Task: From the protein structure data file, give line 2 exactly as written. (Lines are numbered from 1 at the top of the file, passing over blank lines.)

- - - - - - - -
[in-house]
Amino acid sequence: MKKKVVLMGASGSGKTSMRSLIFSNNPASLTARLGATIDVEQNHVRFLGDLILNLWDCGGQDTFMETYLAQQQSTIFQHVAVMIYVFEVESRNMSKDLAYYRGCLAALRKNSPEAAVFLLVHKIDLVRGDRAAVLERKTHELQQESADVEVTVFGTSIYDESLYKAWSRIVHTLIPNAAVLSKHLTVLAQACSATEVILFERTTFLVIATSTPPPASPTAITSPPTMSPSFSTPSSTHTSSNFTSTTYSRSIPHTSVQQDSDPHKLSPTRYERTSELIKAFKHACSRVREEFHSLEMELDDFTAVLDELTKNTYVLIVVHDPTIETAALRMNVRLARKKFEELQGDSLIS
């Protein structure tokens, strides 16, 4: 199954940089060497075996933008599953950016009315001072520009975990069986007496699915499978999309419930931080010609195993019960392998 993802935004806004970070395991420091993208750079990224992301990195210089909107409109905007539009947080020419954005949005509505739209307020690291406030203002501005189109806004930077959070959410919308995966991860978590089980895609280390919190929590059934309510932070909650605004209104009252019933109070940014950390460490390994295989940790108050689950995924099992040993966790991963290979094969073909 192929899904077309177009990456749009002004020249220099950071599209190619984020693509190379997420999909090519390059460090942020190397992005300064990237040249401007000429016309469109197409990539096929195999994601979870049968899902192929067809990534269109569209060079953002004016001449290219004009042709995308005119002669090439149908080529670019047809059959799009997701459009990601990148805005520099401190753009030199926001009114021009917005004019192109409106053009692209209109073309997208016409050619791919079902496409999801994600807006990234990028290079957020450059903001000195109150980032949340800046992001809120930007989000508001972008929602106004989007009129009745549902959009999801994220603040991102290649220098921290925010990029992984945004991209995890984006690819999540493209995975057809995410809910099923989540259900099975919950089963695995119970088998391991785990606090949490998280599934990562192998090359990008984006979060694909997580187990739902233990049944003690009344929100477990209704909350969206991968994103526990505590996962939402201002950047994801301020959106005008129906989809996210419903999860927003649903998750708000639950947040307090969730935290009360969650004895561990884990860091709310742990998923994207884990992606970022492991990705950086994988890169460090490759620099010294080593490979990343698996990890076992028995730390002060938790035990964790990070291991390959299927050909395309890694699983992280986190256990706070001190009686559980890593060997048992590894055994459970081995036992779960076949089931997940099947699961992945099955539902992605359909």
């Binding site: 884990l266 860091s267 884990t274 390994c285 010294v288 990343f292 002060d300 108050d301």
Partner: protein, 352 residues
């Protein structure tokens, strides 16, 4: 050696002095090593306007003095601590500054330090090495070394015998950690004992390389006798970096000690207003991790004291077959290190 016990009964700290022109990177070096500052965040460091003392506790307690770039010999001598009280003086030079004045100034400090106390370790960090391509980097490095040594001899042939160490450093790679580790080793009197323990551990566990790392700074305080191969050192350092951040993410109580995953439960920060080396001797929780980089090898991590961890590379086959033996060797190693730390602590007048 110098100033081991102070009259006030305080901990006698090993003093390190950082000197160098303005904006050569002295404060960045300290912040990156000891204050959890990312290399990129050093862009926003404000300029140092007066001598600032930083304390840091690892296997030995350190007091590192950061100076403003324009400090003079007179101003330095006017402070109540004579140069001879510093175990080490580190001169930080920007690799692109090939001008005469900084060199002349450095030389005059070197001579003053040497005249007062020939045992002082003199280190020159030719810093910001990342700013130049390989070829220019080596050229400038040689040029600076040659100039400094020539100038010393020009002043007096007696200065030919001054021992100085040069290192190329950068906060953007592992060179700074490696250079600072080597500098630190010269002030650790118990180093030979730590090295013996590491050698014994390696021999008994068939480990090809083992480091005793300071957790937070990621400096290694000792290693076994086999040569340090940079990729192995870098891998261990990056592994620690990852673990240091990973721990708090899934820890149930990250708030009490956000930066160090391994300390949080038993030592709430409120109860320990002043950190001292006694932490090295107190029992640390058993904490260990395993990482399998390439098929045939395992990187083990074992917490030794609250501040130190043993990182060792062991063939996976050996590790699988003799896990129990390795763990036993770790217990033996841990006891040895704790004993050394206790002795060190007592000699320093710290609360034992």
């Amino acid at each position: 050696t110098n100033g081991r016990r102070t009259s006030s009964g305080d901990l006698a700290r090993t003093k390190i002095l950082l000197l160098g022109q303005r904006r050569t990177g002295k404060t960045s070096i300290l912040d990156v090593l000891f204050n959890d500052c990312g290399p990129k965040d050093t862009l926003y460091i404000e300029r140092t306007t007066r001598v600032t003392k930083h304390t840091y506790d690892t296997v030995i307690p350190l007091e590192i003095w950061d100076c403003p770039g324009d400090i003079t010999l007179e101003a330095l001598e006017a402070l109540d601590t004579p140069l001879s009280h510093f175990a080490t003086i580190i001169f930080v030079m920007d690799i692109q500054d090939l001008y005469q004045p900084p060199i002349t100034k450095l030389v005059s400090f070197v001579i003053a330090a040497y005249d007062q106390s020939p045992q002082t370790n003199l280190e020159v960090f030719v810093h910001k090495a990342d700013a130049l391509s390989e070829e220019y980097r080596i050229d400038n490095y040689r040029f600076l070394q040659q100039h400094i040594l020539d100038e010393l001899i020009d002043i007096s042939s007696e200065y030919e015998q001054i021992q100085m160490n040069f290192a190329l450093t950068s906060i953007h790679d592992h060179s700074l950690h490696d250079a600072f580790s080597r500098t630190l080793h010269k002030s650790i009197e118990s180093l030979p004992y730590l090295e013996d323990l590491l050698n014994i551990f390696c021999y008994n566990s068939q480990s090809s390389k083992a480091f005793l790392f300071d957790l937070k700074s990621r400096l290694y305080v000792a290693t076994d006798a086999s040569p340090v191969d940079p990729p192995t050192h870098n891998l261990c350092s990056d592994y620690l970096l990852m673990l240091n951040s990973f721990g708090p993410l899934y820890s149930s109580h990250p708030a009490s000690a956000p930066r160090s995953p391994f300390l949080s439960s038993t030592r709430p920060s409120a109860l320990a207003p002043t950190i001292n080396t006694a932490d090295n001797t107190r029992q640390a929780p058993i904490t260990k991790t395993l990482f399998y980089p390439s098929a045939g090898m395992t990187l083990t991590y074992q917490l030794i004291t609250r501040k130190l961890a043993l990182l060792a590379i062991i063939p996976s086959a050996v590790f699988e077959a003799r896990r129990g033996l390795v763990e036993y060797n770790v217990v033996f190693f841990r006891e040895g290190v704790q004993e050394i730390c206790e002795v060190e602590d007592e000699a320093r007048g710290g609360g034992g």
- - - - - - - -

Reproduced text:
Amino acid sequence: MKKKVVLMGASGSGKTSMRSLIFSNNPASLTARLGATIDVEQNHVRFLGDLILNLWDCGGQDTFMETYLAQQQSTIFQHVAVMIYVFEVESRNMSKDLAYYRGCLAALRKNSPEAAVFLLVHKIDLVRGDRAAVLERKTHELQQESADVEVTVFGTSIYDESLYKAWSRIVHTLIPNAAVLSKHLTVLAQACSATEVILFERTTFLVIATSTPPPASPTAITSPPTMSPSFSTPSSTHTSSNFTSTTYSRSIPHTSVQQDSDPHKLSPTRYERTSELIKAFKHACSRVREEFHSLEMELDDFTAVLDELTKNTYVLIVVHDPTIETAALRMNVRLARKKFEELQGDSLIS